• Don’t eat heavy meals or drink a lot before bedtime
  • Follow a routine that helps you wind down and relax before bed (read a book, listen to soothing music, or take a hot bath)
  • Stick to regular sleep habits
  • Reduce light exposure at least 30 minutes before bed (turn off phones, computers, and tvs)
  • Make it as dark as possible and slightly cool in the bedroom
  • Seek out morning light

Ask your doctor about the benefits and risks of insomnia medicines as some medicines can be habit forming.

  • Over the counter medicines
  • Melatonin
  • Valerian
  • Prescription medicines (some for short term use and others for long term)
  • Aromatherapy
  • Relaxation tapes
  • Therapeutic Massage
  • Acupressure
  • Acupuncture
  • Meditation
  • Yoga
  • Tai Chi

Another alternative: Flotation Therapy

Flotation therapy removes many of the factors that cause insomnia and can provide a comfortable environment for a person to wind down from their day to help prepare them for a solid night of sleep. With the isolation tank soundproofed, light-proofed, and temperature controlled, it is free from distractions and a perfect place to practice breathing techniques or meditation. It may be best to float later in the evening as part of your winding down routine if you are considering flotation as a possible treatment for insomnia. Flotation is an excellent stress reliever both physically and mentally. Learn more about the benefits of flotation by clicking here.


One study used subjective and objective measures in evaluating long-term effectiveness of the flotation form of the Restricted Environmental Stimulation Technique (REST) as a treatment for persistent psychophysiological sleep onset insomnia.  36 volunteers, 20 women and 16 men, with psychophysiological insomnia were randomly assigned to one of four conditions:

  1. Flotation REST only
  2. Flotation REST with autogenic relaxation
  3. Autogenic relaxation only
  4. Delayed treatment control

Each treatment group received four 2-hour treatment sessions within a fourteen day period. The remainder of the two hours was devoted to tasks related to the study. It was concluded that flotation REST (on its own and in combination with autogenic relaxation) improved both subjective and objective sleep latency up to twelve weeks after treatment.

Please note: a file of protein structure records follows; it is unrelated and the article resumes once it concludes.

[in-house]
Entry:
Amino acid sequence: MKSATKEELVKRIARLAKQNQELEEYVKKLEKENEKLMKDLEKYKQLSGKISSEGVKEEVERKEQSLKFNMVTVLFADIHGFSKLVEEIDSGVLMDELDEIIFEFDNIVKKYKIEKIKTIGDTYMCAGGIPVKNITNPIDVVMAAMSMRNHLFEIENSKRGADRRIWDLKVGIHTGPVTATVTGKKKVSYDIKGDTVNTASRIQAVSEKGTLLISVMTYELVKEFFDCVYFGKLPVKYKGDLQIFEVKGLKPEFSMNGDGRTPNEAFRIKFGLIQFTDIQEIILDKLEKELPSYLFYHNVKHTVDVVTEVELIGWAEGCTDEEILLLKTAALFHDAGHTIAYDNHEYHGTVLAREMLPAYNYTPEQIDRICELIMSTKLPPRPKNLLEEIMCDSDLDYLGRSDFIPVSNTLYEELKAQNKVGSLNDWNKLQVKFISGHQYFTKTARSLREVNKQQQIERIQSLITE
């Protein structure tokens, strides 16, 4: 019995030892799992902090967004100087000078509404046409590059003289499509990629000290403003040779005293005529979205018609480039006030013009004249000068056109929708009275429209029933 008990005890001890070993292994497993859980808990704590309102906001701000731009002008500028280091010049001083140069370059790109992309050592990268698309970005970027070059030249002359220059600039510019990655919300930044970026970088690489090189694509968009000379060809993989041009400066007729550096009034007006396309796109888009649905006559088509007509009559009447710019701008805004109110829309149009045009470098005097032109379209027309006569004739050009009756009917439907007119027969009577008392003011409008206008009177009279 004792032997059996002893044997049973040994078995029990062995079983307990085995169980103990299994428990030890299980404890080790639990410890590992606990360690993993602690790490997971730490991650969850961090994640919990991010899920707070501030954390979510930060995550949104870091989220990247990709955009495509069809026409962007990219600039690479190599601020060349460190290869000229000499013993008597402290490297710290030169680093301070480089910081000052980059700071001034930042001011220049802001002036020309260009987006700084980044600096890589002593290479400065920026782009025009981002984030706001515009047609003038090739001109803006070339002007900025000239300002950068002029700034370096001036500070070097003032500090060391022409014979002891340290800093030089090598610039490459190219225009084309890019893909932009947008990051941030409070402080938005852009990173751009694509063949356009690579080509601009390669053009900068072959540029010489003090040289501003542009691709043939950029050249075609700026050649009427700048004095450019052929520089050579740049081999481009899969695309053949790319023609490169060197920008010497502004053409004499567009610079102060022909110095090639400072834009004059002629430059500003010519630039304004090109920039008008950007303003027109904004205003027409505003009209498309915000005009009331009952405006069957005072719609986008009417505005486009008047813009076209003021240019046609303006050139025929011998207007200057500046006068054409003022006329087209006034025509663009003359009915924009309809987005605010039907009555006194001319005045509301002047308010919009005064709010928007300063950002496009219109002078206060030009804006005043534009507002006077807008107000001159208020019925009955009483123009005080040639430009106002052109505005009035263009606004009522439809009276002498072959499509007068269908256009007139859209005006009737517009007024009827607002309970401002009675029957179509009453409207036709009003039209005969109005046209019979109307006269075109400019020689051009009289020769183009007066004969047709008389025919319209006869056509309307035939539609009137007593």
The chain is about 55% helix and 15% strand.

Seventy patients, 54 women and 16 men, participated in a study aimed to investigate long-term effects of the flotation–REST (restricted environmental stimulation technique) 4 months after treatment in patients with stress related ailments. Twenty-six participants had also the diagnosis of burnout depression. Participants were randomly assigned in equal numbers to either a control group or a flotation–REST group and participated in a total of 12 flotation–REST or control sessions. Results indicated that pain areas, stress, anxiety, and depression decreased, whereas sleep quality, optimism, and prolactin increased. Positive effects generally maintained 4 months after treatment. It was concluded that flotation tank therapy is an effective method for the treatment of stress related pain.


Another study was to explore, for the first time, sex differences among patients diagnosed with stress-related pain before and after flotation restricted environmental stimulation technique (REST) treatment, delivered 12 times during seven weeks. The present study included 88 patients (69 women, 19 men) from three different studies (post hoc analysis). They had been diagnosed by a physician as having chronic stress-related muscle tension pain. The analyses indicated that the flotation-REST treatment had beneficial effects on stress, anxiety, depression, sleep quality and pain and that there were few sex differences.

Find a Treatment that Works for You

We know that sleep is essential to maintain our health. There are several causes and symptoms of insomnia. Without some sort of medical intervention, being deprived of sleep can lead to some serious health problems. Consult with your doctor if you exhibit one or more symptoms of insomnia. Discuss your symptoms and find a safe form of treatment that will help you sleep through the night.